Accessing BGA Pins

[Philip] developed a method of tracking down the pins of a Ball Grid Array. He wanted to do so in order to add USB host functionality to his HP Jordan 720. The method doesn’t directly connect to the BGA but instead finds a via or other access point to serve as a solder point. He first looks up the pin in the BGA datasheet. Once located, he uses the bristle of a toothbrush (teal) to act as a backstop and feeds in some enameled wire (brown) to the appropriate ball. A multimeter is used to check connectivity between the wire and the vias around the chip.

Patience young grasshopper, this should work but it might take a while.

VIA’s EPIA Pico-ITX Based Robots

VIA, the Taiwan-based supplier of chipsets and low power processors, showed off its latest creations at the Taipei International Robot Show. The Lynxmotion Johnny 5 kit, based on the robot from the animated film Short Circuit, is powered by the compact VIA EPIA P700 board, and aimed at beginner robotic hobbyists. VIA claimed that its use of the latest board allows for much easier software development. VIA also showcased the Mini-ITX powered Vecna Battlefield Extraction-Assist Robot (or BEAR), a cuddly-looking robot with potential uses in military and rescue operations.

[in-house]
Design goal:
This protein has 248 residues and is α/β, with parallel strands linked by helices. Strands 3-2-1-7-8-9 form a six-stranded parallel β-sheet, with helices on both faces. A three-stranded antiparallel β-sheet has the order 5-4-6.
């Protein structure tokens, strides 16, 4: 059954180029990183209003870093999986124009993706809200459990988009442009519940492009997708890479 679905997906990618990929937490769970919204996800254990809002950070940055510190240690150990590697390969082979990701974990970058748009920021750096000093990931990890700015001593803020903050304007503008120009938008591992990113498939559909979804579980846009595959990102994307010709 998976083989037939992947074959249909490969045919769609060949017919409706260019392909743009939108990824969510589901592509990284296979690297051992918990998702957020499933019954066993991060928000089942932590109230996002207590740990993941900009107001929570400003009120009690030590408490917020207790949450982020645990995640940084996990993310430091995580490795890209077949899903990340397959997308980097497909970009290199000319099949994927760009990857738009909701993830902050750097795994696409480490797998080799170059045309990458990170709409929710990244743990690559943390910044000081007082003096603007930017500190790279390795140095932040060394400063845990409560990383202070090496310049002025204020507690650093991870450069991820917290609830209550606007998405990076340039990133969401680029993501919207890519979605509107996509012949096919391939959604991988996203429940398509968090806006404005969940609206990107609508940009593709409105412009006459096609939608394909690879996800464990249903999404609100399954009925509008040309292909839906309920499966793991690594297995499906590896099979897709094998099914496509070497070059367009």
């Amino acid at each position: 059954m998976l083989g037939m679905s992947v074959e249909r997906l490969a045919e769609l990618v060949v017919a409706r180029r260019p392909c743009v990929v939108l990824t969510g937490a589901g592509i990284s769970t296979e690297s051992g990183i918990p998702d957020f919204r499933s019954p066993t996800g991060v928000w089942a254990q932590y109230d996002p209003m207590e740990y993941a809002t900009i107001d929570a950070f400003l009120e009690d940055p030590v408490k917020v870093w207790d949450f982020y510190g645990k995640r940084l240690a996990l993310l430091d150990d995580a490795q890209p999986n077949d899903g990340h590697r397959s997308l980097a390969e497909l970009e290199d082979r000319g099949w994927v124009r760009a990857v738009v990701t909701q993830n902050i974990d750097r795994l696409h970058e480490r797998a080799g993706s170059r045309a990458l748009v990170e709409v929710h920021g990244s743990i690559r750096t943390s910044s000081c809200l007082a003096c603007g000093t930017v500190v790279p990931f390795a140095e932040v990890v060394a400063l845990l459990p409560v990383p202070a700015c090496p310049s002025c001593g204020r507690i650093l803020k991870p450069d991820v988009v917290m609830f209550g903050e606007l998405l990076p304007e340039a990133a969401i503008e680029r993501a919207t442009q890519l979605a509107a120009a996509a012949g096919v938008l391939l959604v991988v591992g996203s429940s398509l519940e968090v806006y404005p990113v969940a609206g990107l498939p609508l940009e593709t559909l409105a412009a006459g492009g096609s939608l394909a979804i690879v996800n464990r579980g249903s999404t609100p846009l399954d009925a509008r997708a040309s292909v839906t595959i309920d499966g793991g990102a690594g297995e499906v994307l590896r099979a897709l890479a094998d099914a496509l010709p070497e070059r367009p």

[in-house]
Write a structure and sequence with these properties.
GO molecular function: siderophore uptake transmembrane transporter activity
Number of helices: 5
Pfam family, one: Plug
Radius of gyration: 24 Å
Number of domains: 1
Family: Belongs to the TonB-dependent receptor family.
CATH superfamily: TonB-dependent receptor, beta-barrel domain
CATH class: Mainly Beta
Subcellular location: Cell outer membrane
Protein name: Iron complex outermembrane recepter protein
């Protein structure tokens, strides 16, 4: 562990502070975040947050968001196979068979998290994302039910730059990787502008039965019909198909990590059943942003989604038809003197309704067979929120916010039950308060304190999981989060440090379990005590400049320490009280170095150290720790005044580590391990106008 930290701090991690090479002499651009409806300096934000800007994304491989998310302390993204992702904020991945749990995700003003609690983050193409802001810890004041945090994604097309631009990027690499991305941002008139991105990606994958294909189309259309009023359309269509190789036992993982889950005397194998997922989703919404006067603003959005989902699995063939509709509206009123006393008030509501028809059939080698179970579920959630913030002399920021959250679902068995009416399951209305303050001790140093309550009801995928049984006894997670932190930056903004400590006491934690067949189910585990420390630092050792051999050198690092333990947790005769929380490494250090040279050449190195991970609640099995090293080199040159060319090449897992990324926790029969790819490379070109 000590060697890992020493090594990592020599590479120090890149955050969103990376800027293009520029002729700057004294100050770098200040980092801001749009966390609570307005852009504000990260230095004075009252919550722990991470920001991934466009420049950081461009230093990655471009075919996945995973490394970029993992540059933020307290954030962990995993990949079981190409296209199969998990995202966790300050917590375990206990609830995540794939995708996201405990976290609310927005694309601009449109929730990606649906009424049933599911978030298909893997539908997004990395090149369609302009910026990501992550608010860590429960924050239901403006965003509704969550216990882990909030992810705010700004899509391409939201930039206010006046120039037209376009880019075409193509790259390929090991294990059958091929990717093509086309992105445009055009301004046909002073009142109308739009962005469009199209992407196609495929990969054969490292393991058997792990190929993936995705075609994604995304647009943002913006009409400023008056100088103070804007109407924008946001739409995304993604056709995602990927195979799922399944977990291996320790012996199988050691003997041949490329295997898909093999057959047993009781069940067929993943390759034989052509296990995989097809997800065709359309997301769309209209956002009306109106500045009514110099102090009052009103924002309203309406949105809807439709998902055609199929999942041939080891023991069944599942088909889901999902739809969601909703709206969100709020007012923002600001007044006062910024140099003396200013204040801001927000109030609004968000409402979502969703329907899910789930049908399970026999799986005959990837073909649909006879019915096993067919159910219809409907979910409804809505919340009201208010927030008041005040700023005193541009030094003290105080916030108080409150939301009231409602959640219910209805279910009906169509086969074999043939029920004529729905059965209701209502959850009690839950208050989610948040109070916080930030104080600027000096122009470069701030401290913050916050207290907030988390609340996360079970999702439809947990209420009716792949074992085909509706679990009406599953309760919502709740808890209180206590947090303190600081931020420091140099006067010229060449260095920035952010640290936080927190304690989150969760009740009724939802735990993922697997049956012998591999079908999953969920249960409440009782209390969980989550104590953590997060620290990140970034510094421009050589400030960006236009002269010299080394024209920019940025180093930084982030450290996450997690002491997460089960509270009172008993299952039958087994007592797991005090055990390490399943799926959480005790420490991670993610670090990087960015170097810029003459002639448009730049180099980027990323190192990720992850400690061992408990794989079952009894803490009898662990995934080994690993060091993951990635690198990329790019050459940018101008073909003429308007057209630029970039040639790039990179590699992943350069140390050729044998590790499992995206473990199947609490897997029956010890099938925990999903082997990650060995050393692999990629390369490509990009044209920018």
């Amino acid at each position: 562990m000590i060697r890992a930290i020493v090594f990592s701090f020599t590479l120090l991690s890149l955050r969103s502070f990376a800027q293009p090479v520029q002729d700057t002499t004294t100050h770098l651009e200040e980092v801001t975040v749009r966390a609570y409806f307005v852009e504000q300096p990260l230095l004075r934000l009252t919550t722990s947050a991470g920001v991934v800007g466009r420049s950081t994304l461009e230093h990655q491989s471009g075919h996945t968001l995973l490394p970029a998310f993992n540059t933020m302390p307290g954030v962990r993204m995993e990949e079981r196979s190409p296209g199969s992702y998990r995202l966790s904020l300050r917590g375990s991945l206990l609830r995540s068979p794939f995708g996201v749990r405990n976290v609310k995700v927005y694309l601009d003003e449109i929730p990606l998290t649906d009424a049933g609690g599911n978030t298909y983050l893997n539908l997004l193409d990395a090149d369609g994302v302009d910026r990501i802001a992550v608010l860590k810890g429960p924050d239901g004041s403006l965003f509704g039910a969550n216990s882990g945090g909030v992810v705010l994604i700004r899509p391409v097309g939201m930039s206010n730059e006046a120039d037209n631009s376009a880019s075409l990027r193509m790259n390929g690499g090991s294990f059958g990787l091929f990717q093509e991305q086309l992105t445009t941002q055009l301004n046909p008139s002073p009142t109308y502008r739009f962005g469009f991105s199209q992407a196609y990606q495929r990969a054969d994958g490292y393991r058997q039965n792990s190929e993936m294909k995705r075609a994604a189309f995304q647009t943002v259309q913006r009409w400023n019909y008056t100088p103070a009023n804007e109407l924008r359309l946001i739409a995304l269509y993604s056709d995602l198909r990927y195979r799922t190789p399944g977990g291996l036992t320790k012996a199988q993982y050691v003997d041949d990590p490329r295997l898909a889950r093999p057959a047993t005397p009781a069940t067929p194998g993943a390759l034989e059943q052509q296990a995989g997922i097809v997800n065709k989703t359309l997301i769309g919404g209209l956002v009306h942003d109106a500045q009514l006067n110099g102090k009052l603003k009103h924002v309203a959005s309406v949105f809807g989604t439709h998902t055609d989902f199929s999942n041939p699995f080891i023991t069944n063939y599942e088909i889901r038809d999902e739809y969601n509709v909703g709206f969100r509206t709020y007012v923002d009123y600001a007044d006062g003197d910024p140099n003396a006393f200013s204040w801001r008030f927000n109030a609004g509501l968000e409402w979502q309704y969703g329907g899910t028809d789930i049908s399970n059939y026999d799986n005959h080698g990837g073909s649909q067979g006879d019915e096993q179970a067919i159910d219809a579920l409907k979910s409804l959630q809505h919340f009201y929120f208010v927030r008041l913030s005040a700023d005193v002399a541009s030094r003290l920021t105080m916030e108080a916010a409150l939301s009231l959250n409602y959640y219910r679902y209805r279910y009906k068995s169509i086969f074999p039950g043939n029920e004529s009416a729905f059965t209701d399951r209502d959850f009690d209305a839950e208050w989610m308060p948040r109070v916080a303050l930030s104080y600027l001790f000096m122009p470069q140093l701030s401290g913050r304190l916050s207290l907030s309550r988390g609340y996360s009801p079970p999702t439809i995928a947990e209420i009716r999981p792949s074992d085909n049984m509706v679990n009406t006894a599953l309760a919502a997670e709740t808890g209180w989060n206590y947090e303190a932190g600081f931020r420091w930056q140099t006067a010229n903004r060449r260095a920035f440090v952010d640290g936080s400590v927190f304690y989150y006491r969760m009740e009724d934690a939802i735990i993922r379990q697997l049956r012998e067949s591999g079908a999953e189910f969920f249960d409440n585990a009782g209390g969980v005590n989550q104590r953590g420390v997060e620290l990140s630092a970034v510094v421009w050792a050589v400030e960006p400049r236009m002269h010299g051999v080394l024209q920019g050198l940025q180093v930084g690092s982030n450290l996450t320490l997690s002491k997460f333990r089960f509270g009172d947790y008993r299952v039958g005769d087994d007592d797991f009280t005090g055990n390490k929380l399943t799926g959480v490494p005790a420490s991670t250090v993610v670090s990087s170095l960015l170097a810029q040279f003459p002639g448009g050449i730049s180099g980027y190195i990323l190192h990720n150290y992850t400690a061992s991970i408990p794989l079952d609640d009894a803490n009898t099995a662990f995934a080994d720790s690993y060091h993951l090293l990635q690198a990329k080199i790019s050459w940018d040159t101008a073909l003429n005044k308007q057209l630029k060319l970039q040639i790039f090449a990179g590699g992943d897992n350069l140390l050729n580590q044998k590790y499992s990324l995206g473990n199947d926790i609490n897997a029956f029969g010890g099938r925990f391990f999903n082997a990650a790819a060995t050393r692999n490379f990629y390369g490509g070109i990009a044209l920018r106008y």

[via Engadget]

Asus WL500GP Audio Hack


The Asus WL500GP wireless router runs Linux and has two USB ports. [equinoxfr] wanted to install audio support internally to the router though (translated). Luckily, it uses a VIA VT6212 4port USB controller. So, he was able to wire two more internal ports. A Brando USB soundcard is plugged into one of those ports and wired to an external headphone jack. He wanted dual RCA connectors, but they just wouldn’t fit. The router is running OpenWRT Kamikaze. MPD is used to serve music with the wymypy frontend since it has its own lightweight webserver.